The charts state a clear winner. WordPress has an over 60% share in the content management system market, and it’s still growing. With a lucrative 43.2% of all websites using WordPress (at the time of updating this article), it is likely that your business didn’t stray away from embracing the platform, too.
Here at NerdCow, we are WordPress supporters. Not blind supporters, though. We consciously evaluate solutions available on the market to advise our clients. To educate ourselves further, we dived into the bottomless Web to find out if Adobe Experience Manager is better than WordPress.
WordPress was, is and will always be a free piece of software for everyone to enjoy. It started as an open-source project years ago. It remains licensed under the GNU Public License meaning you can turn it upside down and make it serve any purpose without paying a penny.
The Adobe CMS, on the contrary, is a subscription-based and closed-source software. The price is available upon request and largely depends on the business and the components they wish to implement. We haven’t seen a quote below $100,000 yet, and some businesses pay $250,000 to $1,000,000, and up, annually.
Roberta Phillips, Marketing Manager at Tooltester
Adobe Experience Manager draws a close relationship between the depth of your pocket and its functionality. The price you pay for their cloud-based solution is linked to the feature extensiveness.
Don’t be put off, though. If you can afford Adobe’s solution, it can be moulded into any shape or form thanks to the unlimited number of features and functionalities. Especially when it comes to e-commerce, where it triumphs.
WordPress started off as a blogging platform but ever since has drifted into a much broader territory and proved to be a reliable partner in various scenarios. Calling it the jack of all trades isn’t as gullible as it sounds.
WordPress can be adapted to any project scope. With almost 55,000 free plugins at its side, there are virtually no limits to what it can do. But don’t clap your hands yet, as there are other boundaries that may apply to your use case. It’s best to consult your requirements with an agency which can advise on the best approach. And don’t forget that using WordPress plugins has disadvantages.
Angela Robinson, Content Lead at Teambuilding.com
In the likelihood that your team often changes the website content, the ease of use is a thin line between being efficient and staying behind the schedule. As a business owner, you need to equip your team with knowledge enabling them to utilise the platform. And that is an additional cost. So how do the systems compare here?
WordPress takes pride in its intuitive dashboard interface. They present available options in simple navigation. With the introduction of WordPress Gutenberg, the drag-and-drop page builder, anyone from your marketing team can build appealing landing pages or update pages as they need.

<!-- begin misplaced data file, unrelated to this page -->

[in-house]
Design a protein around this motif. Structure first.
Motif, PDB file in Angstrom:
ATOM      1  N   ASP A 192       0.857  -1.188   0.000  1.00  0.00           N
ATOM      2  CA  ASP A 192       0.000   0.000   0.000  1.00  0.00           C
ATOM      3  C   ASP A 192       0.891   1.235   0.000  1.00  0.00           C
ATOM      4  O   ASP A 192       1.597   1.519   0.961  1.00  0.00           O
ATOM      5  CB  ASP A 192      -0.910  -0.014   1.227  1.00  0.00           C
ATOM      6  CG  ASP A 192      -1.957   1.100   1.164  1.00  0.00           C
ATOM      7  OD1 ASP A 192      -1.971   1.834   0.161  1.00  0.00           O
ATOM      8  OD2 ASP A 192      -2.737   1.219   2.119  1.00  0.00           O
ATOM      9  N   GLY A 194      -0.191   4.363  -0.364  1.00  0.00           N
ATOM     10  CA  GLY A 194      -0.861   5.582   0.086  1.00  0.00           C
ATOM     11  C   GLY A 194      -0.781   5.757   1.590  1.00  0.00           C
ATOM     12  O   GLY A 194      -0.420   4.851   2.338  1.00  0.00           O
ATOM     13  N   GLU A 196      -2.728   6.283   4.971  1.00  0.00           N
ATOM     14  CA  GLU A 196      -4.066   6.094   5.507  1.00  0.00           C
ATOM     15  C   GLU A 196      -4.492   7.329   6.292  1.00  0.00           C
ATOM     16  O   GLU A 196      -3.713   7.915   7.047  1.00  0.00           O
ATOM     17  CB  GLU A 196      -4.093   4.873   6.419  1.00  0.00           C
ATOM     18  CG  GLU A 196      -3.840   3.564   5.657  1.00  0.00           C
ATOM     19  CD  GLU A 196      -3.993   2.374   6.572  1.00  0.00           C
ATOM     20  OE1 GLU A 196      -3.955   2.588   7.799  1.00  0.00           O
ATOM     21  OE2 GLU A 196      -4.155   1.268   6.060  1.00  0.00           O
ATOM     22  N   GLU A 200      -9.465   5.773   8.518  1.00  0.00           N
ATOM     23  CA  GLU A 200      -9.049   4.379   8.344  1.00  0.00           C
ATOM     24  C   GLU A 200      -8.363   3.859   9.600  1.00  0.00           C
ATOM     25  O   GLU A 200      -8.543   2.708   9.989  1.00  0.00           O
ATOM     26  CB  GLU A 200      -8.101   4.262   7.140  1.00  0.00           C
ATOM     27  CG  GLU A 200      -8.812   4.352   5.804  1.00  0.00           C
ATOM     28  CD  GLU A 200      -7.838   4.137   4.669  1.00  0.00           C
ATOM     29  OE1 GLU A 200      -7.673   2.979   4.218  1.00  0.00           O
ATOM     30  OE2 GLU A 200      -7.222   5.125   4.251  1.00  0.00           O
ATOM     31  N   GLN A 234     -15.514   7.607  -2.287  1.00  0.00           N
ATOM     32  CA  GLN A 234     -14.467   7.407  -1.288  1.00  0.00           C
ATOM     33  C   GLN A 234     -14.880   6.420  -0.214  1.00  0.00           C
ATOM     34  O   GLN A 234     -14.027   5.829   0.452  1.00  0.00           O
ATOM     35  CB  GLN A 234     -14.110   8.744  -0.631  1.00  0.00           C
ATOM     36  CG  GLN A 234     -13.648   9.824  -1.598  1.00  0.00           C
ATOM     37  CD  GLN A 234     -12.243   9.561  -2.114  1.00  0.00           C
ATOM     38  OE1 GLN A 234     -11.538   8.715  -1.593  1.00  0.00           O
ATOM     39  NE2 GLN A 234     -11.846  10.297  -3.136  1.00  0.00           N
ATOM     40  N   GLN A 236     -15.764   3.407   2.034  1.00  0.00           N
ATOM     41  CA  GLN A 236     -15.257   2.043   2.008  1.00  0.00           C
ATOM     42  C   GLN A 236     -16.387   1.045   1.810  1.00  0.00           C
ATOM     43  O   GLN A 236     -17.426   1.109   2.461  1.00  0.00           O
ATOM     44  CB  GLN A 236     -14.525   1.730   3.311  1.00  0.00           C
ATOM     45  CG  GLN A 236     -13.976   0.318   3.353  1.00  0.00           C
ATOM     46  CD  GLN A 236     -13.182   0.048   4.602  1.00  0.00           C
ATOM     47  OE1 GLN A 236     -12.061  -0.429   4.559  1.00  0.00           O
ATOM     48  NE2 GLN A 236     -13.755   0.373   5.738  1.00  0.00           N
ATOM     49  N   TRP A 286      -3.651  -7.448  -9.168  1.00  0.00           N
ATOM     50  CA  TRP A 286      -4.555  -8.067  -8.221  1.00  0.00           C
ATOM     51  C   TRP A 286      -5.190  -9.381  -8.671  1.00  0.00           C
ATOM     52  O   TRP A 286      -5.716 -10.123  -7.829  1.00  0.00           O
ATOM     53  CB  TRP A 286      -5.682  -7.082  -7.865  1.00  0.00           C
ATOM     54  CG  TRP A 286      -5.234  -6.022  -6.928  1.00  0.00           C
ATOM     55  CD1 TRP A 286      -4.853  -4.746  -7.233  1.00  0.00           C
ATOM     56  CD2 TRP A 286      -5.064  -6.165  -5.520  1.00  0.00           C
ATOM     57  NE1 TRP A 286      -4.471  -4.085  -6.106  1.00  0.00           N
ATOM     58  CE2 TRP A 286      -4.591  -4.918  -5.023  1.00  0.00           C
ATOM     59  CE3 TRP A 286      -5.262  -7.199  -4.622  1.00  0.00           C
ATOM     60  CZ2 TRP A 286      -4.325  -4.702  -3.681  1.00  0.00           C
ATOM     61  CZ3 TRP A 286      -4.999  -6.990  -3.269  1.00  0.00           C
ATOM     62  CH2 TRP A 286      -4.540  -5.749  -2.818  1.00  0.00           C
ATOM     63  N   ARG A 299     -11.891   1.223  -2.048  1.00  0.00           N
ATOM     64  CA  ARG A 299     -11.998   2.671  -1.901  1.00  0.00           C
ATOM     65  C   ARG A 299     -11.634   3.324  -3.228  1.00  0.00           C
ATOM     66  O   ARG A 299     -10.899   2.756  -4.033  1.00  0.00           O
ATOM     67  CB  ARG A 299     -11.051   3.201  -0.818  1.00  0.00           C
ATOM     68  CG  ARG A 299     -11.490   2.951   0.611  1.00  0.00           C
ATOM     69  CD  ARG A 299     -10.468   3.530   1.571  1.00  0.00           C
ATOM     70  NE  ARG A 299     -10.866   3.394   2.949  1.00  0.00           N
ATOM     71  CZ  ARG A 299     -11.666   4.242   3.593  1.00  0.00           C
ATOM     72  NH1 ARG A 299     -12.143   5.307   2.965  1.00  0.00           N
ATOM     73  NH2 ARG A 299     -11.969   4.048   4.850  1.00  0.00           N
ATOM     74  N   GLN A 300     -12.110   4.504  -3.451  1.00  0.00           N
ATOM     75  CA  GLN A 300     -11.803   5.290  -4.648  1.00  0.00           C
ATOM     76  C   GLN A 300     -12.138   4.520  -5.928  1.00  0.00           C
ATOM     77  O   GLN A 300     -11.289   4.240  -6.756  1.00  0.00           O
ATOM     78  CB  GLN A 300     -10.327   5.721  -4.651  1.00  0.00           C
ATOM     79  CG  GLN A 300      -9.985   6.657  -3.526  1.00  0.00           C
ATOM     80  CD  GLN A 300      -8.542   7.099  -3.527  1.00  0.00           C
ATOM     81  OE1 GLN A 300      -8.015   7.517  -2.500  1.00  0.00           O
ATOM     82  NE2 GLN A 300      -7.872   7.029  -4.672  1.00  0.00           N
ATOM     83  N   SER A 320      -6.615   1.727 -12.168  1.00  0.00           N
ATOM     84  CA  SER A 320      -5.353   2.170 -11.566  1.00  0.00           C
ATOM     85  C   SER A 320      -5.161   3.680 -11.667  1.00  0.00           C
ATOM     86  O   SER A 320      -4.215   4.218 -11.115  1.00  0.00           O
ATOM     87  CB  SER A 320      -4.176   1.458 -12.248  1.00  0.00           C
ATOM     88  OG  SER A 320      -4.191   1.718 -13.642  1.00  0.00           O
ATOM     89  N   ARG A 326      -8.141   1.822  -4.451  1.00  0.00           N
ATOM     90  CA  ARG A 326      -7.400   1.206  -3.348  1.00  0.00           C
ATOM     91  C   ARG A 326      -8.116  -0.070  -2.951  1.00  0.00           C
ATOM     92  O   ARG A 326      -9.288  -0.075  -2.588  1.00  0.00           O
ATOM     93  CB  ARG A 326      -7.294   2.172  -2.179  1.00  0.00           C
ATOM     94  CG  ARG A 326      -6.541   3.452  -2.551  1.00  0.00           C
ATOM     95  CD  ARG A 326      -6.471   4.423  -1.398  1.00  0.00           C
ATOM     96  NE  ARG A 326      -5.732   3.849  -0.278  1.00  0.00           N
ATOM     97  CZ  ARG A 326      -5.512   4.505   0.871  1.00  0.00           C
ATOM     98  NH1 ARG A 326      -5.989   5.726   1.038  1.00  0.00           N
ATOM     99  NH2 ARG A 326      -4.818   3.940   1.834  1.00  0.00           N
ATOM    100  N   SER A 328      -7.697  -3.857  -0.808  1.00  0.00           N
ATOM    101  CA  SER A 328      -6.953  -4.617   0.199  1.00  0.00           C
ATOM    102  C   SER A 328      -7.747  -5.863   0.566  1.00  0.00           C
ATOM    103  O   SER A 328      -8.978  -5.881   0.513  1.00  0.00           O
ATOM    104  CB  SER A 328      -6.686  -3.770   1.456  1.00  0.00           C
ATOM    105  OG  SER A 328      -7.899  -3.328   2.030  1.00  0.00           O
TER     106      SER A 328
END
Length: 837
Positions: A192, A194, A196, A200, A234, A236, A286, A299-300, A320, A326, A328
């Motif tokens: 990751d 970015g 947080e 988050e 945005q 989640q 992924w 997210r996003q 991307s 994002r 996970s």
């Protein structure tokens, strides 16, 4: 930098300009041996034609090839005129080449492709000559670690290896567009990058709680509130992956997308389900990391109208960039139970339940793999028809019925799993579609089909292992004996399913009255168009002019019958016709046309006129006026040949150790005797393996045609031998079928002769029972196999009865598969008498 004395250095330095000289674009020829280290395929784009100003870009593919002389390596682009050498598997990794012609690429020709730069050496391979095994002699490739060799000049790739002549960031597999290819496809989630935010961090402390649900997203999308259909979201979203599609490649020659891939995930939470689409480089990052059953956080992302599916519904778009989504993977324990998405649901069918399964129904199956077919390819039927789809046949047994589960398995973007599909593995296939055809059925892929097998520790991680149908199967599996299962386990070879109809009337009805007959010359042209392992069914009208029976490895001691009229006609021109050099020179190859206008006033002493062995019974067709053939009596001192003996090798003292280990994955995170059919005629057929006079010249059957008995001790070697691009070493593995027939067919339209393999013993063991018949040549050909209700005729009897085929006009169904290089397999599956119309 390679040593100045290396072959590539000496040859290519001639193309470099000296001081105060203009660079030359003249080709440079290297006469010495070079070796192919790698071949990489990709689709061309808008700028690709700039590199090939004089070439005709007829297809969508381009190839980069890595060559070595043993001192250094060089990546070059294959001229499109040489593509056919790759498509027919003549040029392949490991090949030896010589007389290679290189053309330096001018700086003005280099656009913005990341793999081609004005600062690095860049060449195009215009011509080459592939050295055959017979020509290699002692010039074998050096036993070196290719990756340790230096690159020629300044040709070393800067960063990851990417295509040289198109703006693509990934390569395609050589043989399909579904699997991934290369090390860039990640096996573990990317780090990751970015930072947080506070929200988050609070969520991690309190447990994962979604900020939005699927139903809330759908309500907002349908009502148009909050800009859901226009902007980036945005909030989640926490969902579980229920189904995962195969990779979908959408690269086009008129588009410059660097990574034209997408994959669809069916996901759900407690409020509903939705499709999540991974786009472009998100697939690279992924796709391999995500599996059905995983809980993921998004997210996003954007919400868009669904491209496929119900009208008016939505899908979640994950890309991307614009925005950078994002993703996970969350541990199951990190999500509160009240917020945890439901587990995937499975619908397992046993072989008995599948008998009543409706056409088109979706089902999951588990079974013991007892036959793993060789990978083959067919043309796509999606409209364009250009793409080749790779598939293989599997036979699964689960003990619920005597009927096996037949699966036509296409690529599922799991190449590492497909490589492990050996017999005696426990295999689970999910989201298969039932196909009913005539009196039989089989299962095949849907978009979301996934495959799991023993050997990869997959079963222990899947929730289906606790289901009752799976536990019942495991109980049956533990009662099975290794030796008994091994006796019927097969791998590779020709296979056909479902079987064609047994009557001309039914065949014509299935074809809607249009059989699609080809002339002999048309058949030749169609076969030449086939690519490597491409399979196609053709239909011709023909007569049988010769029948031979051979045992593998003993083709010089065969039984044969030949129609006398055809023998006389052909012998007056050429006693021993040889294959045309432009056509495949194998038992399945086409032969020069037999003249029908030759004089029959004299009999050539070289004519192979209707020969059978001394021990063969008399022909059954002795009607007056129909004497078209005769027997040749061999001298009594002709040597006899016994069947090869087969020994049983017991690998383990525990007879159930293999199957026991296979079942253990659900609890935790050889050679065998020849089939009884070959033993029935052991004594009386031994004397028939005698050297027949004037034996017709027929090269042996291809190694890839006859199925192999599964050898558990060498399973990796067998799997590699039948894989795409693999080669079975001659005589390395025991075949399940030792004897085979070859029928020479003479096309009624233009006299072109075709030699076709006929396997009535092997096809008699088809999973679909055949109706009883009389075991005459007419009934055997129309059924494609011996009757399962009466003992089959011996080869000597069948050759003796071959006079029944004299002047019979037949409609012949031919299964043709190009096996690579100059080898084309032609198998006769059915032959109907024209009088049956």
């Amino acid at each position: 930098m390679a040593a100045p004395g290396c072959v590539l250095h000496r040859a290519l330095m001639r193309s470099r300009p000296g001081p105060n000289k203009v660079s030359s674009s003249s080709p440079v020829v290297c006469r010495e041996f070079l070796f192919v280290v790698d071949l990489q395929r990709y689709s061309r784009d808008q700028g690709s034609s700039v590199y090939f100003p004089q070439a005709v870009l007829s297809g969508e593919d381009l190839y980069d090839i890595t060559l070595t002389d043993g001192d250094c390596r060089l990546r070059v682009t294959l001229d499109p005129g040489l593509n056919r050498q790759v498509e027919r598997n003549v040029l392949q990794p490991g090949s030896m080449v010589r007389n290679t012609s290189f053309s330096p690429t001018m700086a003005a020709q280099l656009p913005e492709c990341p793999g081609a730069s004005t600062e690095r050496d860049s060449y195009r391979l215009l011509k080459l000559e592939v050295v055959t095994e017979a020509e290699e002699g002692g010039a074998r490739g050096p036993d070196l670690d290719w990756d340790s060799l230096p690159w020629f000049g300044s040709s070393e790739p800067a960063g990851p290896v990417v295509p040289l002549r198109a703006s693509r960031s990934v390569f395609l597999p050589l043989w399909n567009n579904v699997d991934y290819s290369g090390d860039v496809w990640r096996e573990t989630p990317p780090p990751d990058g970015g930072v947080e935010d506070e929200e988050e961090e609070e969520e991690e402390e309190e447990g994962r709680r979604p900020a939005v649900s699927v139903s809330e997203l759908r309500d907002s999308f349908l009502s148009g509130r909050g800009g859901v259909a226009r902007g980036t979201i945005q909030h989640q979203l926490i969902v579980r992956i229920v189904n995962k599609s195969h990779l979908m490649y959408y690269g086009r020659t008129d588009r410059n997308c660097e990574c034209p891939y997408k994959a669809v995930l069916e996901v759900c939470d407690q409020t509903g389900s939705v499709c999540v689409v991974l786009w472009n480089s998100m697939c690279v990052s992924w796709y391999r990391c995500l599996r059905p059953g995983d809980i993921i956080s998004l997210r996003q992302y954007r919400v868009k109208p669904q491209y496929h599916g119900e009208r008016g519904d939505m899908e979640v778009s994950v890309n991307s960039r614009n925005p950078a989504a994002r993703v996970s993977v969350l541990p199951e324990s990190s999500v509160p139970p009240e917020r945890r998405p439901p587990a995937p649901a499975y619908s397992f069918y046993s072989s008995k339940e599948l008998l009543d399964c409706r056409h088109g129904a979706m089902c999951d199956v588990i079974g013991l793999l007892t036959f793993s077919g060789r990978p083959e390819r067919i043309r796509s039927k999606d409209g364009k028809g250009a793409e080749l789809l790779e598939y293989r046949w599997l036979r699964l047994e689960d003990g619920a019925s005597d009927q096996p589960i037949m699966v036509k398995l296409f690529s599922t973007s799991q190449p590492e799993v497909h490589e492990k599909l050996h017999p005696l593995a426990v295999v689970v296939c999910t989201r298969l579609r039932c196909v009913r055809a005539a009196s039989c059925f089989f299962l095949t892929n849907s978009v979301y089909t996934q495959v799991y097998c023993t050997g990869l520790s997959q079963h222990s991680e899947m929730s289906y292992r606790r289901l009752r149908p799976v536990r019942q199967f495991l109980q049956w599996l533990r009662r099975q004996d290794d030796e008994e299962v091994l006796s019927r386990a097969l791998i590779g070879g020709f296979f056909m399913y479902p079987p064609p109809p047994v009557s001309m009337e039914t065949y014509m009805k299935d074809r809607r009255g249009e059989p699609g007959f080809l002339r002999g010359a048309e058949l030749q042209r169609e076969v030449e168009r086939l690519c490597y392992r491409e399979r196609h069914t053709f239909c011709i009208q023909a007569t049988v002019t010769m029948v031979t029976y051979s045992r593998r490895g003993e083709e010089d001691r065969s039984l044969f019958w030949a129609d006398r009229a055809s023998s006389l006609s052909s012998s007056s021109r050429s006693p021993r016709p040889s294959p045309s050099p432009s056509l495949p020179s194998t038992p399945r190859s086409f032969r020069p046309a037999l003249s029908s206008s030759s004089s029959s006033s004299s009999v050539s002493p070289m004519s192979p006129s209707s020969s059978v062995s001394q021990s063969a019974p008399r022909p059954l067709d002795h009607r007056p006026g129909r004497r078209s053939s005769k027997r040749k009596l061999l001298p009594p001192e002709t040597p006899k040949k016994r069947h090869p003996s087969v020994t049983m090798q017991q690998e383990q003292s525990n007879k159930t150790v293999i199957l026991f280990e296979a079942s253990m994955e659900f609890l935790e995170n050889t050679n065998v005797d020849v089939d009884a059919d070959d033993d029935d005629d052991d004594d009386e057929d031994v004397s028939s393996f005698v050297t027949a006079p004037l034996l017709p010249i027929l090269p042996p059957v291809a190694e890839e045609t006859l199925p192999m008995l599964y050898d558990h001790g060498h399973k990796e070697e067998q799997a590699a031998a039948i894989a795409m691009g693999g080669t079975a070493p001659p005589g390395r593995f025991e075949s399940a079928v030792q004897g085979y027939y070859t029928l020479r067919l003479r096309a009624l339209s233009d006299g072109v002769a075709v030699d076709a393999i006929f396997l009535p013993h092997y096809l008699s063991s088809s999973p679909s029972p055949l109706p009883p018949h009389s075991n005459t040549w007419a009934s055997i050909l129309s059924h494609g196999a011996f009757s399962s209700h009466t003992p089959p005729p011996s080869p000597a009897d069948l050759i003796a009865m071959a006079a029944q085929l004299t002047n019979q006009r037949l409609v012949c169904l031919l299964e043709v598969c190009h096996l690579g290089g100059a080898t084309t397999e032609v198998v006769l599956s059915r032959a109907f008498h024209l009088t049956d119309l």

On the flip side, when you build a bespoke WordPress website, we tailor the entire experience to your ecosystem and daily workflow. A custom website might look nothing like the WordPress you’ve used in the past. It’s easy to build custom features on top of the CMS, but since they don’t exist in the base version of the platform, it will be a new editing experience.
One of the most outstanding features of Adobe Experience Manager is its component building blocks and flexible workflow integration. But there is another side to the coin. As with most products that pack a ton of functionality and features, AEM is not always the easiest CMS to work with. Most of the advanced configurations and integrations require assistance from a web development team and proper training for your staff.
Luciano Viterale, Marketing Consultant
Includes tools to maximise your website potential.
WordPress doesn’t have a support department as such. Instead, there is a fantastic community full of experts on any matter. Your team can get help via renowned support forums. They can also find an answer to most questions in WordPress’ flawless documentation. It’s moderated by people all over the World on a daily basis. However, if you seek a vocal interaction with another human, you are out of luck.
Adobe Experience Manager shines when it comes to customer care. Being a paid solution, they provide centralised support for all their clients via various communication channels. Next time your business is in trouble with AEM, pick up a phone and give them a buzz. No more chasing for the answer around on the forums or in Google.
Winner: Adobe Experience Manager
Ryan Turner, Founder of the Ecommerce Intelligence Agency
Comparing the systems using our four criteria, WordPress wins.
However, there is much more to each CMS which may sway the verdict the other way. It wouldn’t be feasible to objectively judge them, so we encourage you to explore the topic further on your own before making a big commitment.
What is obvious from our experience is that they target different audiences. Thanks to WordPress’ flexibility and lack of a price tag it can accommodate businesses of any size, and most definitely startups or small companies with a limited spend. At the same time, it can still appeal to enterprises. Headless WordPress opens up a myriad of possibilities for more complex workflows.
Adobe Experience Manager is regarded as a leading web experience platform. It aims at enterprise-level customers, who prefer a premium product and don’t mind paying for it.
What do you think? Let us know in the comments.
Originally published Oct 31, 2019 9:28:08 AM, updated August 4 2023.